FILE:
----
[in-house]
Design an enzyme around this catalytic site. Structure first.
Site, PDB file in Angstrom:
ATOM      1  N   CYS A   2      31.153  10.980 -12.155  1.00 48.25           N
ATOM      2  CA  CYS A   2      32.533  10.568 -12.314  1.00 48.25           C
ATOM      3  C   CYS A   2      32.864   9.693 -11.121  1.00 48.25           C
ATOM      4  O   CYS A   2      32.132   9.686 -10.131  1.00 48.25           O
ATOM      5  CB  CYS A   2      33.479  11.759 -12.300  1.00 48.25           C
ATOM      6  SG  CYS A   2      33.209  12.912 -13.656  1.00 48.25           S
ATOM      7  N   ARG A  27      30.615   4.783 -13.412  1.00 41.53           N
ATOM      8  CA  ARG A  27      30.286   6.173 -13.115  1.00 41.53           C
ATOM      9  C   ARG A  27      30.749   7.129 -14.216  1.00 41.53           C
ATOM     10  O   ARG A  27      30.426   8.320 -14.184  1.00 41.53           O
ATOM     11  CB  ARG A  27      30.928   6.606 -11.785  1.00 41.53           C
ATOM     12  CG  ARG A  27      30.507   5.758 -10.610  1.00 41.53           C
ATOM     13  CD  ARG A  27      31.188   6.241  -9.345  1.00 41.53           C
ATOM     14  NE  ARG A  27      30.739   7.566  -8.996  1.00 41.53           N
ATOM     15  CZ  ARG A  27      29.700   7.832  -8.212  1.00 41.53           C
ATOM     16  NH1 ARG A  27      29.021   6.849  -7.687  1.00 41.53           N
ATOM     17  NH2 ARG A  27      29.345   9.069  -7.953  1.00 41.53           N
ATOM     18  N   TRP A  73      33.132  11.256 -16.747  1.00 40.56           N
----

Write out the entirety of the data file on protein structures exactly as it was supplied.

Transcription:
[in-house]
Design an enzyme around this catalytic site. Structure first.
Site, PDB file in Angstrom:
ATOM      1  N   CYS A   2      31.153  10.980 -12.155  1.00 48.25           N
ATOM      2  CA  CYS A   2      32.533  10.568 -12.314  1.00 48.25           C
ATOM      3  C   CYS A   2      32.864   9.693 -11.121  1.00 48.25           C
ATOM      4  O   CYS A   2      32.132   9.686 -10.131  1.00 48.25           O
ATOM      5  CB  CYS A   2      33.479  11.759 -12.300  1.00 48.25           C
ATOM      6  SG  CYS A   2      33.209  12.912 -13.656  1.00 48.25           S
ATOM      7  N   ARG A  27      30.615   4.783 -13.412  1.00 41.53           N
ATOM      8  CA  ARG A  27      30.286   6.173 -13.115  1.00 41.53           C
ATOM      9  C   ARG A  27      30.749   7.129 -14.216  1.00 41.53           C
ATOM     10  O   ARG A  27      30.426   8.320 -14.184  1.00 41.53           O
ATOM     11  CB  ARG A  27      30.928   6.606 -11.785  1.00 41.53           C
ATOM     12  CG  ARG A  27      30.507   5.758 -10.610  1.00 41.53           C
ATOM     13  CD  ARG A  27      31.188   6.241  -9.345  1.00 41.53           C
ATOM     14  NE  ARG A  27      30.739   7.566  -8.996  1.00 41.53           N
ATOM     15  CZ  ARG A  27      29.700   7.832  -8.212  1.00 41.53           C
ATOM     16  NH1 ARG A  27      29.021   6.849  -7.687  1.00 41.53           N
ATOM     17  NH2 ARG A  27      29.345   9.069  -7.953  1.00 41.53           N
ATOM     18  N   TRP A  73      33.132  11.256 -16.747  1.00 40.56           N